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10 The Ribosome and Its Synthesis

John L. Woolford, Jr., Jonathan R. Warner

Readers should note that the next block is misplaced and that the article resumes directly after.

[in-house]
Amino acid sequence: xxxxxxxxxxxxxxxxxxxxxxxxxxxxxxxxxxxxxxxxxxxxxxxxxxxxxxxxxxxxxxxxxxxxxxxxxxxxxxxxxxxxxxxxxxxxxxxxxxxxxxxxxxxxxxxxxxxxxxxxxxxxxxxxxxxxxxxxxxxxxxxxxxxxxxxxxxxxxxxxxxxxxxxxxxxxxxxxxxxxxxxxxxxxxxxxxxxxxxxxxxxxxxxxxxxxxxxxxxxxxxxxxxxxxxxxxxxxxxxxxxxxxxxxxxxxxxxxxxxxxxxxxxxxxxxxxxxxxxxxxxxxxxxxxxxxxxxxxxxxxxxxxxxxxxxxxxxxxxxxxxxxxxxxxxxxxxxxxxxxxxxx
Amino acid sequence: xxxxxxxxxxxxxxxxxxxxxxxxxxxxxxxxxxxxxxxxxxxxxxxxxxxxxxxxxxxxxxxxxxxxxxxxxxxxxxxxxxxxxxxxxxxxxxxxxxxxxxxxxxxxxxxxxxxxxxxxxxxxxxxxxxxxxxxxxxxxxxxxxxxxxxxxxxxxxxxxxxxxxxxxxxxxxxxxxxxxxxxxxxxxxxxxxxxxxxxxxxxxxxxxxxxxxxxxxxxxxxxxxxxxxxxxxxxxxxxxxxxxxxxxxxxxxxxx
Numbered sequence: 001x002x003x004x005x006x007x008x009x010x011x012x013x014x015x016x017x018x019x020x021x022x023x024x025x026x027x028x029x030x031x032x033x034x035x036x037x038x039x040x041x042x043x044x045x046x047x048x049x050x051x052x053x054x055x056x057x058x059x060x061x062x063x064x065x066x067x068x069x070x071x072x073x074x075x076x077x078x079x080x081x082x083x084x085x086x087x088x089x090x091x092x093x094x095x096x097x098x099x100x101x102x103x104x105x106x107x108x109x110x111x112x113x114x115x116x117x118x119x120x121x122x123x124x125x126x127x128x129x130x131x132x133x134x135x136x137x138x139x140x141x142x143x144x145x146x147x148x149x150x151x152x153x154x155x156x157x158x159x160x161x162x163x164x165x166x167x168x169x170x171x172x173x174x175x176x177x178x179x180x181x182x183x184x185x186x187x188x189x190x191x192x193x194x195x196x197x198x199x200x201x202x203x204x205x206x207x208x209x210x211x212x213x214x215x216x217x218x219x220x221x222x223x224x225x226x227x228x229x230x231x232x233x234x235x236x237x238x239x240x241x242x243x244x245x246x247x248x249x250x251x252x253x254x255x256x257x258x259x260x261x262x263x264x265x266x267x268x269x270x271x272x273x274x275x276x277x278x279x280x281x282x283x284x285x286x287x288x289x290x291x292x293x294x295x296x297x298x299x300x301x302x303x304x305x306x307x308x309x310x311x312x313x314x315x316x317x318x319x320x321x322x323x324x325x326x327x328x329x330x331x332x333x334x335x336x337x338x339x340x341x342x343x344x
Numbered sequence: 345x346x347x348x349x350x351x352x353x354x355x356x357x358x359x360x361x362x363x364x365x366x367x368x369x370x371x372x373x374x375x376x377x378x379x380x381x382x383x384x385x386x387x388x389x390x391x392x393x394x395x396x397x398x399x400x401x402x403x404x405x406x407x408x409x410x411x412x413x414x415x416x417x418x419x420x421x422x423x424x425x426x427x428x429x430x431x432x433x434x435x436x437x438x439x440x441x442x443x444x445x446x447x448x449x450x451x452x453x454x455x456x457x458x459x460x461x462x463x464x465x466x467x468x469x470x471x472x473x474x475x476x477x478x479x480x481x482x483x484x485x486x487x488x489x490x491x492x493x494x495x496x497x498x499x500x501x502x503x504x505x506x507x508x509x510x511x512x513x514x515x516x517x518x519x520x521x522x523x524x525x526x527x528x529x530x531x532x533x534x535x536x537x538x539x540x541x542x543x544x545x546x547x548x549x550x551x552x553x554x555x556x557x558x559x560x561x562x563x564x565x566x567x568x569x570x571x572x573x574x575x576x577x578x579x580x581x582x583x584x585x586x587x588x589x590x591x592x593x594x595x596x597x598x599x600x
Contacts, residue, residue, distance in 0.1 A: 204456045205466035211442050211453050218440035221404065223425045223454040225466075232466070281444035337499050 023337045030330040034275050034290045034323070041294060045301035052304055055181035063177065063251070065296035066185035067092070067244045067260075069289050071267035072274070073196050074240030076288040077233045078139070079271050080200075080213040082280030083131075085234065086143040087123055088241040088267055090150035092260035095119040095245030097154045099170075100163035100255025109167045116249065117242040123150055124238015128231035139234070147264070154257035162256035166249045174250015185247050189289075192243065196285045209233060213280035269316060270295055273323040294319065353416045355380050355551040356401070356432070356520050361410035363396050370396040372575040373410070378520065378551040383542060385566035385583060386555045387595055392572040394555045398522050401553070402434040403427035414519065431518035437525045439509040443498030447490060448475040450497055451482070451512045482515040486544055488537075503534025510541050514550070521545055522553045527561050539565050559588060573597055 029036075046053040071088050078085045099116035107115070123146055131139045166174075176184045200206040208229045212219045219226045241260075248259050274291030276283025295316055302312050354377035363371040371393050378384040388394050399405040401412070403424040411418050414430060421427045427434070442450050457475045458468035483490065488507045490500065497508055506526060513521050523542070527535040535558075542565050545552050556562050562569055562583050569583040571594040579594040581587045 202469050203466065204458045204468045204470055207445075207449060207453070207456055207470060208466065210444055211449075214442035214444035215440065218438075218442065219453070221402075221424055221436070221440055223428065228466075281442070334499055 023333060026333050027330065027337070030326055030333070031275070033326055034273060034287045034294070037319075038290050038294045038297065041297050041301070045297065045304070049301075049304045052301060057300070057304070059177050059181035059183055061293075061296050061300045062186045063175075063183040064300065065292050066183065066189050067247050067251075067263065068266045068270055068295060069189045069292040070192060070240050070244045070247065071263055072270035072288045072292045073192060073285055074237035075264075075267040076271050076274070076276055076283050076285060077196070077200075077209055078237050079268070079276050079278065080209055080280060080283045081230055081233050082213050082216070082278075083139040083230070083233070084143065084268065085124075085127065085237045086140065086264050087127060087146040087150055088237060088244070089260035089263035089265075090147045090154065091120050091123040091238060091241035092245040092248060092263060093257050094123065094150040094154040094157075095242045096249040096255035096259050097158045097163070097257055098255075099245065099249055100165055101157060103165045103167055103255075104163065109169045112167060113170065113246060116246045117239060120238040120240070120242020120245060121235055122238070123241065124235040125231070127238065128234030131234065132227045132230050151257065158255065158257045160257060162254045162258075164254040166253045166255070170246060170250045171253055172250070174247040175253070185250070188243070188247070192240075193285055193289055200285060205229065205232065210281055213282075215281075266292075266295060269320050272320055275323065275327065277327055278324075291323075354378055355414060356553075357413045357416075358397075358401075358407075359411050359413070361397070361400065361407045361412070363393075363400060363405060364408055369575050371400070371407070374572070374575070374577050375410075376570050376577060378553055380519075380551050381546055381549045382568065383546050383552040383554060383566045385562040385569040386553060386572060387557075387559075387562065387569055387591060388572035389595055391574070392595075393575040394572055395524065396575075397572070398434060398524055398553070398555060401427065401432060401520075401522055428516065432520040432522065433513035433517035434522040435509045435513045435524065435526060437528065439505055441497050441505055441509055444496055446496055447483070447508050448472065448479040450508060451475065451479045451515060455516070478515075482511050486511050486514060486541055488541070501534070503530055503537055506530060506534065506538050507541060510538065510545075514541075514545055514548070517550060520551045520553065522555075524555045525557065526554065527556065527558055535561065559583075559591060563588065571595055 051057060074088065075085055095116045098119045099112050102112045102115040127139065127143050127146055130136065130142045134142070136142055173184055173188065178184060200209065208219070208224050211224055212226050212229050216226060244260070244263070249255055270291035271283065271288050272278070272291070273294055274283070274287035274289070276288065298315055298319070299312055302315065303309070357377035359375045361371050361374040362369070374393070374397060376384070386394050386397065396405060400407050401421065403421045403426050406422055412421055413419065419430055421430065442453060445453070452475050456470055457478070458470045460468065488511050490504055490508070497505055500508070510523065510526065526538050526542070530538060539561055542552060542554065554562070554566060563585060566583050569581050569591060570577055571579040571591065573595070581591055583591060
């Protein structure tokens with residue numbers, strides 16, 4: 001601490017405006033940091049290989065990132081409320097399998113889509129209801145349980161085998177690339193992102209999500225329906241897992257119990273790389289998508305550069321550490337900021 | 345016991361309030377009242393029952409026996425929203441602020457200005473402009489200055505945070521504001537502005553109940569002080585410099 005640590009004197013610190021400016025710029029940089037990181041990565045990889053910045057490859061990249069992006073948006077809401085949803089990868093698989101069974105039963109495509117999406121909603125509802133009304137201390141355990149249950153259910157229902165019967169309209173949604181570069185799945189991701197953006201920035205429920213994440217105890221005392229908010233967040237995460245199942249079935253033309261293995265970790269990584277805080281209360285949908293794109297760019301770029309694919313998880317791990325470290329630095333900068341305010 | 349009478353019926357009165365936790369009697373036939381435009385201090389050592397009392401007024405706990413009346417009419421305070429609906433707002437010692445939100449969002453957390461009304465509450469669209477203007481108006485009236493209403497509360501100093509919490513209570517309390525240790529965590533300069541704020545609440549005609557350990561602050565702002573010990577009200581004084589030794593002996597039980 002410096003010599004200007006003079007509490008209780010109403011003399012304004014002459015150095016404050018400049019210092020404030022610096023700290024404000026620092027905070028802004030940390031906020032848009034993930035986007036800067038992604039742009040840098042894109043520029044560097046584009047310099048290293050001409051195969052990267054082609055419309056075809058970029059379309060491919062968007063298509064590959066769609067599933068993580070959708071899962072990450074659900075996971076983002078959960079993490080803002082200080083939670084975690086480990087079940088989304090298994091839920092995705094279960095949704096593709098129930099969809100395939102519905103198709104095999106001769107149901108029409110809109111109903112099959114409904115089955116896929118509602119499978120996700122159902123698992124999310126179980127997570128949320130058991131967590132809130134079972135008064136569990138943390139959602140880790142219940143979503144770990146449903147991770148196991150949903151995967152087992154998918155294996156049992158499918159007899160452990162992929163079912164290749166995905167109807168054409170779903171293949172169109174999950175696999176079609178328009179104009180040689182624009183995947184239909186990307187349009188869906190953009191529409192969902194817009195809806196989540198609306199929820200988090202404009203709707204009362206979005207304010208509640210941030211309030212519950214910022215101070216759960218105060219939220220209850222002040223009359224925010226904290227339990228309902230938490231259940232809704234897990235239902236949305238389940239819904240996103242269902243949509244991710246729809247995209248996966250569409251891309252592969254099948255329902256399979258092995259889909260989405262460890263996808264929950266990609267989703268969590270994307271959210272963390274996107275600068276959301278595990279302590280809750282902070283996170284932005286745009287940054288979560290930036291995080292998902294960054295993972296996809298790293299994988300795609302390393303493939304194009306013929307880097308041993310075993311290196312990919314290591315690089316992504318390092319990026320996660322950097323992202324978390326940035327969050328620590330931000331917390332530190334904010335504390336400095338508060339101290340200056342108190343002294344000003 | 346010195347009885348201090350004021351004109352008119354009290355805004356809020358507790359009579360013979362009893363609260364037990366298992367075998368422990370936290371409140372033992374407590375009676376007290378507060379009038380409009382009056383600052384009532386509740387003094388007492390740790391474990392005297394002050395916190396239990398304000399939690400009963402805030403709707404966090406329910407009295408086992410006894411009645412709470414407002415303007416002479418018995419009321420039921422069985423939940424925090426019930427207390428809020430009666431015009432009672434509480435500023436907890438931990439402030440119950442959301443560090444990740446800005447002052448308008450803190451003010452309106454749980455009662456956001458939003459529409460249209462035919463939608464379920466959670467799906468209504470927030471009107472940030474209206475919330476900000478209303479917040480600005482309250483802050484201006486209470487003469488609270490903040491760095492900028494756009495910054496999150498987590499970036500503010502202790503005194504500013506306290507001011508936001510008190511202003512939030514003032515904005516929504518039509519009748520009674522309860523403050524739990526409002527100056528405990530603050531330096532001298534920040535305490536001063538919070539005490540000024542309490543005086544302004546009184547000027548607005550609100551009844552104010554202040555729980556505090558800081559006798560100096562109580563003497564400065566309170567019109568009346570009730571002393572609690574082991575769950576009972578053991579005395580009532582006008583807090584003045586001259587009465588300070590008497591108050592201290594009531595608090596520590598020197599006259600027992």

The ribosome can be considered the blue-collar worker of the cell, faithfully carrying out the designs provided by the structural genes. In this role, the ribosome is central to the growth and maintenance of the cell, and, in turn, many of the functions of the cell are involved in ensuring a steady and regulated supply of ribosomes. Studies of the biosynthesis of ribosomes and its regulation provide us with an entrée into many of the key questions of molecular and cellular biology. Expression of ribosomal RNA (rRNA) and protein genes involves most of the known machinery and processes of eukaryotic gene expression: transcription by RNA polymerases I, II, and III; posttranscriptional modification and processing of precursor RNAs; and translation of mRNAs. Efficient biosynthesis of ribosomes must involve regulation of these processes to produce equal amounts of rRNAs and ribosomal proteins in proportion to cellular growth rates. Consequently, studies of ribosome biosynthesis are closely intertwined with those of growth rate regulation. rRNA transcription and processing as well as ribosome assembly take place within a special organelle, the nucleolus; little is known about its structure and operation. The ribosomal proteins are synthesized in the cytoplasm and transported to the nucleus. The completed ribosomal subunits are transported from the nucleolus to the cytoplasm. Almost nothing is known about either of these processes. The processing of rRNA and the role of ribosomal proteins, nonribosomal proteins, and small nucleolar RNAs in this processing are similarly hazy. These are questions of fundamental importance for...

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